Project ID

E2017-10

Abstract

The project examined the impact of cover crops on soil health, and evaluated the use of decomposition of household items (tea bags, cotton, and birch sticks) as alternative measures of more expensive soil health measurements. As a measurement of soil health, commercially available green and red tea bags were used to create soil decomposition indices for nine Iowa farms with and without replicated cover crop strips.

Key Question

Do cover crops increase soil health and resistance to climate change?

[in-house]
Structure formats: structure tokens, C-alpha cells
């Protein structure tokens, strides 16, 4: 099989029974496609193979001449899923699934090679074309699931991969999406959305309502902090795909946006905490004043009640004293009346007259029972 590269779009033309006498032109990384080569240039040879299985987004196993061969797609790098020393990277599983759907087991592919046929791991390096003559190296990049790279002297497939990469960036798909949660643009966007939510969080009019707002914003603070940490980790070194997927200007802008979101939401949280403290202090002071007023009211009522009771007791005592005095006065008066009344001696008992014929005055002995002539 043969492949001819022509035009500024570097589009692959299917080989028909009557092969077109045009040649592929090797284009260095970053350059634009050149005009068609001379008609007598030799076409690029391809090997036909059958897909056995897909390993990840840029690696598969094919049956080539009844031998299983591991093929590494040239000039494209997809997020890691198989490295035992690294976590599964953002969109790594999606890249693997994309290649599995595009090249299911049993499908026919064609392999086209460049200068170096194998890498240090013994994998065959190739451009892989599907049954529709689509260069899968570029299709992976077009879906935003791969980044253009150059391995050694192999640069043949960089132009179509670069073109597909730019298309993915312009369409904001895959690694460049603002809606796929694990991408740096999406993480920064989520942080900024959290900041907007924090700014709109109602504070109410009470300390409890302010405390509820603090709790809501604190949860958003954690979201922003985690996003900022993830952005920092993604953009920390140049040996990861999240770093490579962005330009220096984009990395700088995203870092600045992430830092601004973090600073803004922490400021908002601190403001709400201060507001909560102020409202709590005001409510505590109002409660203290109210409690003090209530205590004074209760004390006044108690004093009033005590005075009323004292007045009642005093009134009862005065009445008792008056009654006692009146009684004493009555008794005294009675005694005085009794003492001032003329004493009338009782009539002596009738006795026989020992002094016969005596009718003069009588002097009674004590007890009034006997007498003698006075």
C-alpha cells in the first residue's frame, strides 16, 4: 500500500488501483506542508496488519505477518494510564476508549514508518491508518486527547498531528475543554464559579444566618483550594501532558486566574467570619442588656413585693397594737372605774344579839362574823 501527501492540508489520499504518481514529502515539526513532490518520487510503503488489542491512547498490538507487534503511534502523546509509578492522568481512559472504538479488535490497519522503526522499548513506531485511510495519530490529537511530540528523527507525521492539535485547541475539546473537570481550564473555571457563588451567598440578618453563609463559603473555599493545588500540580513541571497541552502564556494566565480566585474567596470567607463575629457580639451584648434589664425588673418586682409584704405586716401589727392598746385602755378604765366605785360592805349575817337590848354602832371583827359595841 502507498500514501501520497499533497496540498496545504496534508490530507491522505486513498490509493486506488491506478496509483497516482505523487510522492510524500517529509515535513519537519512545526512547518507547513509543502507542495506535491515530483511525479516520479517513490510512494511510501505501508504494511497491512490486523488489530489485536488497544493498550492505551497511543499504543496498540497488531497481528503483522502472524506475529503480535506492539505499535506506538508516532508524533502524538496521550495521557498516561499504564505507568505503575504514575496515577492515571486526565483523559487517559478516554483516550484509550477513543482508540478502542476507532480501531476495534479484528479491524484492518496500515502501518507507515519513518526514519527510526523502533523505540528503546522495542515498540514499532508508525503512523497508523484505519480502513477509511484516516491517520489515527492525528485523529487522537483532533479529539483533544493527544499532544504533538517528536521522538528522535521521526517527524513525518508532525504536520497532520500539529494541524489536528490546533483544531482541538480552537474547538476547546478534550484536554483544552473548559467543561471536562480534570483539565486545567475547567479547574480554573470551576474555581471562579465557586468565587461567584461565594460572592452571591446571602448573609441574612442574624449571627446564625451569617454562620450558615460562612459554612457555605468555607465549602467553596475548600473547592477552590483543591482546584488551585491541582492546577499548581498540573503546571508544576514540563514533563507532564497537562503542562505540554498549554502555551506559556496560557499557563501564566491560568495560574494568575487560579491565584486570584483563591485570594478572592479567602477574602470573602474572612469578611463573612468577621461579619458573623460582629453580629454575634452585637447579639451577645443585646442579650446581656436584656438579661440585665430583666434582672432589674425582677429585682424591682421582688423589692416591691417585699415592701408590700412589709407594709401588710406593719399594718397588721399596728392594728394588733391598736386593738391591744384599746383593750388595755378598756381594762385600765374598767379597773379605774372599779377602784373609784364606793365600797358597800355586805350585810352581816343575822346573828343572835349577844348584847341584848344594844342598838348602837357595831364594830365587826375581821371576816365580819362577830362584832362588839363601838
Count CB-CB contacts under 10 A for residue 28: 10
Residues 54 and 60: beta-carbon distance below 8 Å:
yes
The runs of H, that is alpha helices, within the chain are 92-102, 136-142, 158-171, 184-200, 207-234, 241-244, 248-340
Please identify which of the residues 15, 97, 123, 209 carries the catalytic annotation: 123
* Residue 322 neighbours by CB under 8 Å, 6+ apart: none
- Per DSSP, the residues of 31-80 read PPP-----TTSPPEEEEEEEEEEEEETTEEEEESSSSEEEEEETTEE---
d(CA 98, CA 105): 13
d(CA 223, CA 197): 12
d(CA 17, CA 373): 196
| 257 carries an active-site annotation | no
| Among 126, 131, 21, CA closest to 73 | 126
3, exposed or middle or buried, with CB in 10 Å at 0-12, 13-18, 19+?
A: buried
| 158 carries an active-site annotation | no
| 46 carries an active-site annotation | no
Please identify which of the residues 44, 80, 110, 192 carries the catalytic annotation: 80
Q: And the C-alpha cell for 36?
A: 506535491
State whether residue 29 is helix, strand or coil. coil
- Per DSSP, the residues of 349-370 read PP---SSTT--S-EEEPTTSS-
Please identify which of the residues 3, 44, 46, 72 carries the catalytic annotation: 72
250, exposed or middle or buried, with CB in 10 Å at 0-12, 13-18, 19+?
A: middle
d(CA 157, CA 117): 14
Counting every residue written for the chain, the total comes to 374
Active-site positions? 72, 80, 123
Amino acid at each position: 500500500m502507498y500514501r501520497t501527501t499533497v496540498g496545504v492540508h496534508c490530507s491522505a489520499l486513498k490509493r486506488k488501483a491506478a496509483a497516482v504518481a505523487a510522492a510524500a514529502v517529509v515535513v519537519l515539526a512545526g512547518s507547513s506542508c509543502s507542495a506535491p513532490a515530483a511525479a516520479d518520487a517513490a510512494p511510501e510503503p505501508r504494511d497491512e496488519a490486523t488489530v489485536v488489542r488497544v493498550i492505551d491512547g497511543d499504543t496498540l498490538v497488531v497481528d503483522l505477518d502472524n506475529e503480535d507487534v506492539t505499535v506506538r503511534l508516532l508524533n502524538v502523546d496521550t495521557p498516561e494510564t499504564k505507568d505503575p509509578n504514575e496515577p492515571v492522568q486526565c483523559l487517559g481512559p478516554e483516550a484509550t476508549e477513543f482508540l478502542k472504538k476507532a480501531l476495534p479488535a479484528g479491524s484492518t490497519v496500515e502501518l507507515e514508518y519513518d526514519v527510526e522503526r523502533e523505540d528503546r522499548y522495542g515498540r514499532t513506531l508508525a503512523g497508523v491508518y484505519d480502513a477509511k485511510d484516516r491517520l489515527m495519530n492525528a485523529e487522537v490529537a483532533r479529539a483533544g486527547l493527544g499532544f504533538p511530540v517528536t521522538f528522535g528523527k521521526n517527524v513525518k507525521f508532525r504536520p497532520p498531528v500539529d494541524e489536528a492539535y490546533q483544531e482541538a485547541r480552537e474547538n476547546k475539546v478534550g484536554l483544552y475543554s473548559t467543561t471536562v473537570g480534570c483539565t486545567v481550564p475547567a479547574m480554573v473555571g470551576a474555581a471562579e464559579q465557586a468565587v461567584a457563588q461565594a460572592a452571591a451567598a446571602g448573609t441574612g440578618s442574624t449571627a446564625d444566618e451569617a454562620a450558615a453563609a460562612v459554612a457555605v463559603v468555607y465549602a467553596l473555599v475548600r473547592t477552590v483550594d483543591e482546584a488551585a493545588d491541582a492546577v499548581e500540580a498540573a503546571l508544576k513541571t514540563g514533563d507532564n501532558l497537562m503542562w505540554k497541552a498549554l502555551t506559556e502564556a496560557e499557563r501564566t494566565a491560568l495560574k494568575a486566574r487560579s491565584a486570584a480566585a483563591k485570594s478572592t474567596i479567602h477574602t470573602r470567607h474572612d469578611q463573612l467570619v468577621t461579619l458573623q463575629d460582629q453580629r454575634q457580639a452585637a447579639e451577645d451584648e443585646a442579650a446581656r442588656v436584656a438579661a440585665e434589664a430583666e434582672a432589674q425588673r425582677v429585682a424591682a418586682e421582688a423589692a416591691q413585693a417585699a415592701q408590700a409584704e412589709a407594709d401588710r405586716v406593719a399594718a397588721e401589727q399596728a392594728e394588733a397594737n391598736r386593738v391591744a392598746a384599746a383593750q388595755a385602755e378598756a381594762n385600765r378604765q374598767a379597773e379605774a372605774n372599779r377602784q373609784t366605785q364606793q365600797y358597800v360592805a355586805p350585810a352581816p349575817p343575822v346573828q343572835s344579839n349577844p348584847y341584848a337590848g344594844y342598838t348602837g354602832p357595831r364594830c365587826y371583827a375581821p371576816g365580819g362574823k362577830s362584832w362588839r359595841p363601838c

Findings

Cover crops do improve some soil health indicators, but effects were limited and the number of years of cover crop practice did not make much of a difference in improving soil health. Decomposing household items showed some promise as an inexpensive, scientifically robust indicator of soil health.

Principal Investigator(s)

Marshall McDaniel

Co-Investigator(s)

Teresa Middleton, Stefan Gailans; Sarah Carlson; Tom Kaspar; Mahdi Al-Kaisi; Mary Wiedenheoft

Year of Grant Completion

2018

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